Peer learning relationships

Peer coaching

Tracey Hooker (2013) in her review of the literature defined a peer coaching relationship as “a reciprocal relationship based on trust where partners support each other to find solutions.” She emphasises that peer coaches need to:

  • uphold respect and confidentiality for their partners
  • commit to the relationship
  • be prepared to overcome barriers, such as time or work commitments.

Another report (cited in Robertson, 2004) found that for peer groups collaborating on improving their individual leadership practice, three things are important:

  • commitment to colleagues’ growth
  • recognition that participation is expected
  • recognition that colleagues are resources for one’s own learning.

Peer learning

Peer learning groups, communities or networks are formed to collaborate around a common agenda.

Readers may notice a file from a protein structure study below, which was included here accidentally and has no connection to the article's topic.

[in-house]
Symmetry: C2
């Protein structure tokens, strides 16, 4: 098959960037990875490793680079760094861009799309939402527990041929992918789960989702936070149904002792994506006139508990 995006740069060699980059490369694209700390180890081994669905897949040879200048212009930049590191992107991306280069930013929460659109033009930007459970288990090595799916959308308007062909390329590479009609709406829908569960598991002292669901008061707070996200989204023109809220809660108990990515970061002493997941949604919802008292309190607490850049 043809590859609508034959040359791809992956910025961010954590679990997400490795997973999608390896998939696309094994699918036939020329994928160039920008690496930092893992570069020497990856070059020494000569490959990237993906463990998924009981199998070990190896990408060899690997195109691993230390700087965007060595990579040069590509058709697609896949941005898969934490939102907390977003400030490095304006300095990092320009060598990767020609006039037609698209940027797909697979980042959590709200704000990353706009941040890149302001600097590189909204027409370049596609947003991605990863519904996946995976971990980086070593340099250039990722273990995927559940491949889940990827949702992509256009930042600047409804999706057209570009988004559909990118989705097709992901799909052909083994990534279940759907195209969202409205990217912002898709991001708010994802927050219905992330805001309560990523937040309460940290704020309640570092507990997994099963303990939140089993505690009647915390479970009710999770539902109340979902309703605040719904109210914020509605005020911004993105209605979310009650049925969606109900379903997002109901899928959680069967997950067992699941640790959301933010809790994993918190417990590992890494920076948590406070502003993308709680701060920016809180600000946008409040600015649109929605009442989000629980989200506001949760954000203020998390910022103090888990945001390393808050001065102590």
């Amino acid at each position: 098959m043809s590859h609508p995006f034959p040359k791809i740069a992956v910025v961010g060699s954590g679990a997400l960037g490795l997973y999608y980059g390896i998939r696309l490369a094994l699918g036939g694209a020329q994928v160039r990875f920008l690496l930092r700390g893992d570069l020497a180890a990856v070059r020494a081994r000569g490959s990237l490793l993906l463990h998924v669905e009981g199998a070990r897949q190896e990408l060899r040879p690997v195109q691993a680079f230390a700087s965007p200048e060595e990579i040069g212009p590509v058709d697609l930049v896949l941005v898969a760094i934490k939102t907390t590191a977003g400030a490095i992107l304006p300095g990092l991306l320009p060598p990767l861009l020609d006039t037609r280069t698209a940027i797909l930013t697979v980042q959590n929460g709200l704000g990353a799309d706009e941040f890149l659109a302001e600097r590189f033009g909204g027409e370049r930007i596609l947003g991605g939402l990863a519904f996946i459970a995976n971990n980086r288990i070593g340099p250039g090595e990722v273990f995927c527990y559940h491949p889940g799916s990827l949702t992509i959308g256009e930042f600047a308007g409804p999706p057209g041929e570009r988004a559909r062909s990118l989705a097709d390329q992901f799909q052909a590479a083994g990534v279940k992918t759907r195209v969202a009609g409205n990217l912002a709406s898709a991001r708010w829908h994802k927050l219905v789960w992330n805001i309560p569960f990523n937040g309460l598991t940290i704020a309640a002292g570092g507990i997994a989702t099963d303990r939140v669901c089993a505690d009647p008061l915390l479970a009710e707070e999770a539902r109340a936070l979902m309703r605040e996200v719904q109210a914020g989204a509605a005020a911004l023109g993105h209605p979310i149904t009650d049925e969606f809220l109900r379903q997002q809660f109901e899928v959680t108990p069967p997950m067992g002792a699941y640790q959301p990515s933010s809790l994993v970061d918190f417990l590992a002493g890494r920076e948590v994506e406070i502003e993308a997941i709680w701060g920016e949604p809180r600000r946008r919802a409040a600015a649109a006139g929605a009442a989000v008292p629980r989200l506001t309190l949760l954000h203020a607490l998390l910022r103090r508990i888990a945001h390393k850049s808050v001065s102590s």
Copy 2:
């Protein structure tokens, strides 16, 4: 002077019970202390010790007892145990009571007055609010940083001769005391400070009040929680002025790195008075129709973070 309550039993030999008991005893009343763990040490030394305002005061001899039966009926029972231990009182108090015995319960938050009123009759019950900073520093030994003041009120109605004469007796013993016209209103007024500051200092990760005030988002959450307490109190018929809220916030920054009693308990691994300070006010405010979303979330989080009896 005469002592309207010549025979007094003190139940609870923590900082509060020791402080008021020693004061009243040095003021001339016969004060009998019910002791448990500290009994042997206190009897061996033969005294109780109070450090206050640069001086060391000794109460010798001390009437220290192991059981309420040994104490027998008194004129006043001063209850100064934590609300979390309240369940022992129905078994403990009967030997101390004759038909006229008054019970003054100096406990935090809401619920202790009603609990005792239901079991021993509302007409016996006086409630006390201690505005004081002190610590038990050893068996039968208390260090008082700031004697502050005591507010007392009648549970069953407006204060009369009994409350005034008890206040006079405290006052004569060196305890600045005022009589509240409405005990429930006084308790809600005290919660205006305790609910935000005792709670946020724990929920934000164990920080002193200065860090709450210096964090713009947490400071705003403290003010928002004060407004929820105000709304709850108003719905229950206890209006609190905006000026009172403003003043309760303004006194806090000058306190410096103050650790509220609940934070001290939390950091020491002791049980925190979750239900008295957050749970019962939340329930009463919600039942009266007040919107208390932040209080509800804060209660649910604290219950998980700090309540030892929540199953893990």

Leithwood (2016) found that principals in Ontario highly rated the principals' learning networks as a means of ongoing professional learning. He found leaders reported a range of cognitive and affective benefits.

Leaders who participate in networks for leadership learning have and continue to develop important mindsets and practices. These include:

  • growing a system leadership mindset
  • being alert to and countering the "dark sides" of collaboration
  • being able to build new knowledge with others. 

(Fullan, 2017; Leithwood, 2016)

Peer learning networks often share the task of leading the network, with formal and emerging leaders changing over time (Leithwood, 2016). When working as a network is a new skill for many participants, it is useful to have an experienced person lead it initially and to build professional learning into work processes. 

Iain McGilchrist – Network learning communities

Transcript

Learning conversation protocols

Protocols are valuable tools for enhancing professional learning in peer learning relationships. Protocols are aimed at giving room for analysis, debate and challenge.

You can find two examples of protocols at:

Collaborative leadership learning